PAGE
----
Advanced Studio in Architecture.
Section 01: Kyoto Japan A Collaged Reading of "The Water City"
Trained collagists require the act of collage making to be contemplative, they know that there is something within the soul that longs to come forward, so they engage in collage making to advance it. To express this longing all the printed ephemera, forming the mirror world of modern existence, is mustered for use. Thousands of pictures of things varying in scale and perspective are conscripted to trigger trains of thoughts, comprehensible or not. Pictures are snipped without care for their actual context, and splicing together of this unique selection of things can begin. Acts are turned against pictorial depictions, recognizable or not. Things are done to pictures that have always wanted to be done but, because of circumstances, they never took place. Thendepending on the interest, skill, and dexterity, thoughts can be articulated. When the work is complete, a map of hunches exists and, due entirely to the act of making, the soul temporarily exorcised of what appeared to be coagulating within. Like all maps, collage can exist as a guide to what exists on the ground or it can prompt a new set of thoughts suggested by interconnections of terrain and cities. The activity of collage, like every visual activity, can profoundly alter the way things, places, and ideas are viewed." -(Ben Nicholson)
Section 02 Paris, France Rural Architecture
In a recent article titled "Architecture in the Country" Rem Koolhaas observes radical changes in the rural landscape which are equally as important but more volatile than changes happening within cities. He calls this new pattern of development "the intermediate - a well-manicured place where surface appearances bear almost no relation to what is actually happening on the land and in the buildings." Koolhaas attributes the transformation partially to the flight of the traditional farmer due to industrial and digital practices and also to the influx of urbanites who regularly visit to "sample" the aura of an authentic life. In addition, large-scale infrastructures have created zones of what biologist term "novel ecologies" where new combinations of flora and fauna co-exist. Koolhaas explains, "The countryside is now the frontline of transformation. A world formerly dictated by the seasons and the organization of agriculture is now a toxic mix of genetic experiment, science, industrial nostalgia, seasonal immigration, territorial buying sprees, massive subsidies, incidental inhabitation, tax incentives, investment, political turmoil. In other words, more volatile than the most accelerated city."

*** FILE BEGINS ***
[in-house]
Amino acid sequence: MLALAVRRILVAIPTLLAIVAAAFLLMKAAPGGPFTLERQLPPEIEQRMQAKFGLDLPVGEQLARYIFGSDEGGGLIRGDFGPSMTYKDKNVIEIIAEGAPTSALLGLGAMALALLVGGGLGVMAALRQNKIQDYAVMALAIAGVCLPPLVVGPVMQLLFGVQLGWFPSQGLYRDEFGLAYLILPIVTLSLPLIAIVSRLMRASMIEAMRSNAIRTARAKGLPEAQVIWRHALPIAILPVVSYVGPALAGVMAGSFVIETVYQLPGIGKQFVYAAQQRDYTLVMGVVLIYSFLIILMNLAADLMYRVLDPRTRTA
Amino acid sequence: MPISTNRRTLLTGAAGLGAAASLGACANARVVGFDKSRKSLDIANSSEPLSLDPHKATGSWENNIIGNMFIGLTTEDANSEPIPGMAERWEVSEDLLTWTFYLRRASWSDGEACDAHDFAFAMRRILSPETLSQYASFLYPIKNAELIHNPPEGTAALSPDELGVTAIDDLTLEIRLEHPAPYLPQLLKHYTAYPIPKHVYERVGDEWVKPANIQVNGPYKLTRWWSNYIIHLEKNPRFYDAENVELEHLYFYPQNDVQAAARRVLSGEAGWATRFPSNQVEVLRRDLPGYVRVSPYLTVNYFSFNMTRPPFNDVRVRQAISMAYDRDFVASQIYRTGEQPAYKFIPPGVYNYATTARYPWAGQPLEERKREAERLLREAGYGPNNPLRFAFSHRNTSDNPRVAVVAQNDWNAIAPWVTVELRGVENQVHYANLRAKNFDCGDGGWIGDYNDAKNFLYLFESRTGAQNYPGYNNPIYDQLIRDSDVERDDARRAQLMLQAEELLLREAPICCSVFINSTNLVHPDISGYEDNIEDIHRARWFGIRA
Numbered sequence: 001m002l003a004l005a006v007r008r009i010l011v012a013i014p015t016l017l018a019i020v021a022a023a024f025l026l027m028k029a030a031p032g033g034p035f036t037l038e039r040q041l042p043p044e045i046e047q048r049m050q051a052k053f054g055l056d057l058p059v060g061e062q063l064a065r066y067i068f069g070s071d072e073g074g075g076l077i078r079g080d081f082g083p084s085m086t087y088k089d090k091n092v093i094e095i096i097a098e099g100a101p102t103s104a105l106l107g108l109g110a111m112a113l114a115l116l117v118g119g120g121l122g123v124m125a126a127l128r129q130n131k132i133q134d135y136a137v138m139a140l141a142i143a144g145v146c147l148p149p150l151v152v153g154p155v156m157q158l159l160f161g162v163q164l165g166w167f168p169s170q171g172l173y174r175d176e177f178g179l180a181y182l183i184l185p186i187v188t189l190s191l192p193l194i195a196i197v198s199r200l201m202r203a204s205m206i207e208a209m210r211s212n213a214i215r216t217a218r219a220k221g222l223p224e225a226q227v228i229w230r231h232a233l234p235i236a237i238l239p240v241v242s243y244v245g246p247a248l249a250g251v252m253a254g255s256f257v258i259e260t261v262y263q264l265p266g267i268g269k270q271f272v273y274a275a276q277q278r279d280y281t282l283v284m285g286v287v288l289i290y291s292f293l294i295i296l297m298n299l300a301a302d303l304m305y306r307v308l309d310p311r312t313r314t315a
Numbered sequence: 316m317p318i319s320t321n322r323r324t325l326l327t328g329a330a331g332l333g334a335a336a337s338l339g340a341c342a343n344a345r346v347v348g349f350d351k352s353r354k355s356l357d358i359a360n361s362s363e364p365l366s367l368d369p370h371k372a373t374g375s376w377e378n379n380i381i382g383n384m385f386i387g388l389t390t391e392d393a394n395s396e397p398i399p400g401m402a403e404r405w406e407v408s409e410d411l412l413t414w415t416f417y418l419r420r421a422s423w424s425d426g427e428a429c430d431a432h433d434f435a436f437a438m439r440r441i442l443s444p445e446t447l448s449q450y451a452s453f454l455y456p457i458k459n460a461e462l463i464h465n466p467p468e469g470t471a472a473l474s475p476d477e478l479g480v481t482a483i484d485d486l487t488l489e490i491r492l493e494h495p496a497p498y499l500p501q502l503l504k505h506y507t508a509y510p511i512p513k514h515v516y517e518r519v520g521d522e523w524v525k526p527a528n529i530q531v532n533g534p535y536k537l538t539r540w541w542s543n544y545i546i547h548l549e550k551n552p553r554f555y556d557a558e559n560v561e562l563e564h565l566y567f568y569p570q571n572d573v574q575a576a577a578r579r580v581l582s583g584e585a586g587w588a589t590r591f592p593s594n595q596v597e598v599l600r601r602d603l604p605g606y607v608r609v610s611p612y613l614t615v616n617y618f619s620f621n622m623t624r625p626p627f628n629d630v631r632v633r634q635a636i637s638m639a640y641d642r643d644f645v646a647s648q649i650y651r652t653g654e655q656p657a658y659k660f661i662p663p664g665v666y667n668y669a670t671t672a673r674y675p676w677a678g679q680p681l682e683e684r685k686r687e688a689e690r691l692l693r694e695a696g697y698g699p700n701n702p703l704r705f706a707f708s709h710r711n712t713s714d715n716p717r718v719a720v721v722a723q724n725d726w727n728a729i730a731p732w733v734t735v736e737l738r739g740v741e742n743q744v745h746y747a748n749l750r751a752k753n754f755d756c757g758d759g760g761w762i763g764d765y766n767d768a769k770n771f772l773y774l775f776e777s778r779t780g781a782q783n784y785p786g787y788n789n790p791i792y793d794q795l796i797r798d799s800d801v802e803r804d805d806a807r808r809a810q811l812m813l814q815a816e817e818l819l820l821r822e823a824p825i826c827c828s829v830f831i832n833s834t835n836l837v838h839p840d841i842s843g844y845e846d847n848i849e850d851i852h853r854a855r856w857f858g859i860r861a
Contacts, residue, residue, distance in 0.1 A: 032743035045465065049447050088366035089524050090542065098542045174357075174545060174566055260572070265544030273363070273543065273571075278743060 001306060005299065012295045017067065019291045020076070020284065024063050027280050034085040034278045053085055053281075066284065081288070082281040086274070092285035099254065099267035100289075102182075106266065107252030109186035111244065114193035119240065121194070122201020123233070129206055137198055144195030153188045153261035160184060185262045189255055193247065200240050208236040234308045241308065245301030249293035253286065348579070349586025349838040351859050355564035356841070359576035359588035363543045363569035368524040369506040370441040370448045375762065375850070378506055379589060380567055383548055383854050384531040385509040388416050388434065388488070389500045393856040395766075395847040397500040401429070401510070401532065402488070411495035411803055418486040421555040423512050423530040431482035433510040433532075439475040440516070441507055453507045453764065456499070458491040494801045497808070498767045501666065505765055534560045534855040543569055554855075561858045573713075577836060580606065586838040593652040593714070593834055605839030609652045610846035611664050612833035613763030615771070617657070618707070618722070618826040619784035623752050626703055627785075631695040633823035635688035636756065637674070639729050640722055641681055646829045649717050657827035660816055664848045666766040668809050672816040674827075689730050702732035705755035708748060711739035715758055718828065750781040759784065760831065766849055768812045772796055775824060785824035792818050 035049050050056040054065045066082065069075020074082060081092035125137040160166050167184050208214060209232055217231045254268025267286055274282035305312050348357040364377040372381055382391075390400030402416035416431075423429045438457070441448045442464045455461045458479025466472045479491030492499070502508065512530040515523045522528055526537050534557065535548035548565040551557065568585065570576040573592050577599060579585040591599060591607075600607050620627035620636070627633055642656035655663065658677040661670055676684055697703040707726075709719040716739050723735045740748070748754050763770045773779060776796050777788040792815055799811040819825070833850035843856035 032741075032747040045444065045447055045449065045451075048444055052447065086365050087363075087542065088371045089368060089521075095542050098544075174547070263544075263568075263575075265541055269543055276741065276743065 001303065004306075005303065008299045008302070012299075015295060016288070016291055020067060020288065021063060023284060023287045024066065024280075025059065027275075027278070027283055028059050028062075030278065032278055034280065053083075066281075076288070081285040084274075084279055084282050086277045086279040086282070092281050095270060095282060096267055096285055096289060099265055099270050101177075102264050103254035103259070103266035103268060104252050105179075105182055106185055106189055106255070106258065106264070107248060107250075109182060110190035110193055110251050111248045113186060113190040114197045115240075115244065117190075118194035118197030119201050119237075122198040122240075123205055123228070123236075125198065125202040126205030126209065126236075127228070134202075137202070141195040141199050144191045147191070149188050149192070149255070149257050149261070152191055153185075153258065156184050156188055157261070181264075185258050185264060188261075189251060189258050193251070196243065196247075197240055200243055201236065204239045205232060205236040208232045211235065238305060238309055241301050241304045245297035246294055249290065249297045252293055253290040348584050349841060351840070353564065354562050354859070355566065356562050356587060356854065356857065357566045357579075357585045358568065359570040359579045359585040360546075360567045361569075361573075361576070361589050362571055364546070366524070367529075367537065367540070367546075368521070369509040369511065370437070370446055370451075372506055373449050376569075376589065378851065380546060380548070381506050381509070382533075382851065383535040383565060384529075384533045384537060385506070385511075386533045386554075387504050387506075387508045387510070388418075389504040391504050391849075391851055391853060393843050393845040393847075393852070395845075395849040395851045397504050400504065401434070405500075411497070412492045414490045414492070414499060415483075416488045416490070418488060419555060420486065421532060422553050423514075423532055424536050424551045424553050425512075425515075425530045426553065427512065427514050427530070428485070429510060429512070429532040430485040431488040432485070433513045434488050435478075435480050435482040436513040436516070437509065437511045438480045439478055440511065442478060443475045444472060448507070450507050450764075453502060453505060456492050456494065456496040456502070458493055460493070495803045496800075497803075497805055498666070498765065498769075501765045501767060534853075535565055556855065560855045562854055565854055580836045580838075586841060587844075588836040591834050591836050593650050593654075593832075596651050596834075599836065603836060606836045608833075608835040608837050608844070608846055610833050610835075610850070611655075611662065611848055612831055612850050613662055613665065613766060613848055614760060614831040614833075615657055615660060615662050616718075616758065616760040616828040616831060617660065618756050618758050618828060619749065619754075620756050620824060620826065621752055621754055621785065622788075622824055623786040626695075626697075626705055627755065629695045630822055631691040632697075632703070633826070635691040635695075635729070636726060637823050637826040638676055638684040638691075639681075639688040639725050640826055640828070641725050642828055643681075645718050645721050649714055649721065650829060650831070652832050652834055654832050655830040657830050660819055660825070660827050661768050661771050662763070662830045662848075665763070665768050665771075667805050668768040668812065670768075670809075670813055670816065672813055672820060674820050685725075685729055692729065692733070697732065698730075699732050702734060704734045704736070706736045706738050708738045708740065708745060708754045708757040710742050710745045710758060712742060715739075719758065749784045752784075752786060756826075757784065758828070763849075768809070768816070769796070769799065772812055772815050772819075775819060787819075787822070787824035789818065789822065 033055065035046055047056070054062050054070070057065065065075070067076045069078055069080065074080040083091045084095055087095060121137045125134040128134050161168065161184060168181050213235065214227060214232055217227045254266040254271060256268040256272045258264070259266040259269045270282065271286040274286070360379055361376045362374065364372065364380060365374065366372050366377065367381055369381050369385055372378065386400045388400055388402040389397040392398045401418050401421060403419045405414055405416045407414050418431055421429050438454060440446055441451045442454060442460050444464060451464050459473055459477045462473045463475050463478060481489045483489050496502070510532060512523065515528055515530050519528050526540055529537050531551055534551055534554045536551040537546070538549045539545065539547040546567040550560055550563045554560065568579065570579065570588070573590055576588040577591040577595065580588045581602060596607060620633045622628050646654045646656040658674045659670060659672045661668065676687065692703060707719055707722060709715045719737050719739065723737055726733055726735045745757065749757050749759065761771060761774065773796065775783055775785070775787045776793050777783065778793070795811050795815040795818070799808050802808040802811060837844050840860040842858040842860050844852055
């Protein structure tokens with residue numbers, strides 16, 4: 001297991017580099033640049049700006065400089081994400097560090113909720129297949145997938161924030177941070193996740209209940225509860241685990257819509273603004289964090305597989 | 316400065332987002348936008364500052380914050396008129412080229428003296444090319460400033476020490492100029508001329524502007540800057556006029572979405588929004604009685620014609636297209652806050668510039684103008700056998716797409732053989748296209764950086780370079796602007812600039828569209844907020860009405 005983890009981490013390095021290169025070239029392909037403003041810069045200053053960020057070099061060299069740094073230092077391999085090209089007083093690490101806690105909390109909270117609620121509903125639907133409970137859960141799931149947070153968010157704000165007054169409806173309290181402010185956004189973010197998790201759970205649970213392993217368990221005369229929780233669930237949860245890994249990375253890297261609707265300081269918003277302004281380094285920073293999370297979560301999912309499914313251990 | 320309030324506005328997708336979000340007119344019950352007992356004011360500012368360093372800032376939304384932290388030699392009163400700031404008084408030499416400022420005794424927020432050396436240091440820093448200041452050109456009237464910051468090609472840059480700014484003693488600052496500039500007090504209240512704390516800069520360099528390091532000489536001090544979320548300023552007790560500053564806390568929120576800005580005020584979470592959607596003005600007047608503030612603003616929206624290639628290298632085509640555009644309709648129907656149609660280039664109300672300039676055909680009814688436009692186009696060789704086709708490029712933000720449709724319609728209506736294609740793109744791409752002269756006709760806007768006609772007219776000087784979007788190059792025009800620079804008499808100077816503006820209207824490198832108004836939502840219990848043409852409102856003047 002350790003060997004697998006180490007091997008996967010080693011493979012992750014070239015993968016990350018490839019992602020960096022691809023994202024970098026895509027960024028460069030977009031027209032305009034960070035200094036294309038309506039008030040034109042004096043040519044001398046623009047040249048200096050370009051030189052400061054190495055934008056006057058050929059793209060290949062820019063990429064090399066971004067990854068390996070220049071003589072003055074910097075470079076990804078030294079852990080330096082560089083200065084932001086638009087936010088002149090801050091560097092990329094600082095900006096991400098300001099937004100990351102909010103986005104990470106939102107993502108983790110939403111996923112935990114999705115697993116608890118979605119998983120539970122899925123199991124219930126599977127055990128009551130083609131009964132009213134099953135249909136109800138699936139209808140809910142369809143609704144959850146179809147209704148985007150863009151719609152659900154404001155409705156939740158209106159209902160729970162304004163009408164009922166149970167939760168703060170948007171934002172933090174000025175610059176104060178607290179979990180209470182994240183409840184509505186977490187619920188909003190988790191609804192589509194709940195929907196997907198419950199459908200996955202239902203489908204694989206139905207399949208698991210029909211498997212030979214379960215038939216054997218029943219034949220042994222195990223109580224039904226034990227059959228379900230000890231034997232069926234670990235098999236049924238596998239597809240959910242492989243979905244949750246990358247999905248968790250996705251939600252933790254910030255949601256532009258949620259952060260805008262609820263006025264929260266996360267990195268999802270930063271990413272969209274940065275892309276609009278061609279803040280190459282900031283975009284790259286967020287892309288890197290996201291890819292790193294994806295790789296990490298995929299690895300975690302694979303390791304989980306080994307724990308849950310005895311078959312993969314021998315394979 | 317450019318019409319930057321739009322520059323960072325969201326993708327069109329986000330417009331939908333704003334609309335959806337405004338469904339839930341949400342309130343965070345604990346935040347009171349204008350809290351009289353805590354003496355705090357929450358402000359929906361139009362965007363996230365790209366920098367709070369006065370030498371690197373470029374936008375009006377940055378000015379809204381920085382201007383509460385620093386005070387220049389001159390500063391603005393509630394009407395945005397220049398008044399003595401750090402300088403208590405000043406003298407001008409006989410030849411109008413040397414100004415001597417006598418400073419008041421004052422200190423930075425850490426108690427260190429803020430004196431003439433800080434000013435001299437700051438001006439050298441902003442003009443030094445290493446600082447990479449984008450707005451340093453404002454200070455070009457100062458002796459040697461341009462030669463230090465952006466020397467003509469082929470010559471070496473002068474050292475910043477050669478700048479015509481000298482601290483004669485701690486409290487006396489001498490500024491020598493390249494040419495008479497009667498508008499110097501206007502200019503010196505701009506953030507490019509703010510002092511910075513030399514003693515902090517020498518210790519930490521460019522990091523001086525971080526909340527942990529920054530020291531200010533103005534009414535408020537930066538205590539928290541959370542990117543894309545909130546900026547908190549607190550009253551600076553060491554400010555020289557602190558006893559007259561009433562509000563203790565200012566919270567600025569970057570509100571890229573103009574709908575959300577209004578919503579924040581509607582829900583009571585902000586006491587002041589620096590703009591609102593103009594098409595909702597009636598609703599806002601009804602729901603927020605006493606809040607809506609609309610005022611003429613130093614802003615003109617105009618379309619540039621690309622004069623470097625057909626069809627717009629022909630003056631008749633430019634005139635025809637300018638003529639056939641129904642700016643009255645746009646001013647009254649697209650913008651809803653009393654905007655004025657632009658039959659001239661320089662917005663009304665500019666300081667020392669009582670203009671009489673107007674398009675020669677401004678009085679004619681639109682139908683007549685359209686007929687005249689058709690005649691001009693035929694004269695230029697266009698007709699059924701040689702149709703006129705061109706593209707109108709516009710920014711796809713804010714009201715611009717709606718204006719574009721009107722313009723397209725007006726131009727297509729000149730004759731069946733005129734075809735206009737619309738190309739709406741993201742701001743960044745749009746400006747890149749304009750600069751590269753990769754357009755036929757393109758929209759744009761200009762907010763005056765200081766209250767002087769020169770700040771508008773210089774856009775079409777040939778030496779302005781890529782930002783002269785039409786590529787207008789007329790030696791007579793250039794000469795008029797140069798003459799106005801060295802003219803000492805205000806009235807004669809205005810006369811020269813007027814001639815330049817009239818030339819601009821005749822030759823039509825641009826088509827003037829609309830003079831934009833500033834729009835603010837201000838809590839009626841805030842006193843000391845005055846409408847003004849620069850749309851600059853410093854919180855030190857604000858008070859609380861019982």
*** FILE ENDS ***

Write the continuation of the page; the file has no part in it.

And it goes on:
The studio will emphasize techniques and design solutions, both passive and active, that determine the energetic performance of building enclosures. Methods of energy, thermal, and moisture simulations for whole buildings and individual building components will be utilized. The design will be influenced by the results of these simulations through an iterative process. Students will have the option to choose an UNESCO World Heritage Site by which to situate their project. These sites offer opportunities and constraints for design including, but not limited to, natural phenomena, historical precedents, vernacular context, climate, and program requirements. All of these requirements will be synthesized into a small, energy efficient visitor center tailored to the chosen site.
Section 04: Augmented Body
Course is cross-listed as APPAR-3047-01. Please see APPAR-3047-01 course description.
Please contact the Architecture Department via email at email@example.com for course description and to register.
When space permits, this class may be available in a three credit version, ARCH W220, to undergraduates in majors outside of Architecture.
Wintersession 2015 Estimated Travel Costs:
Section 01 Kyoto, Japan $2,278.00
Section 02 Paris, France $2,058.00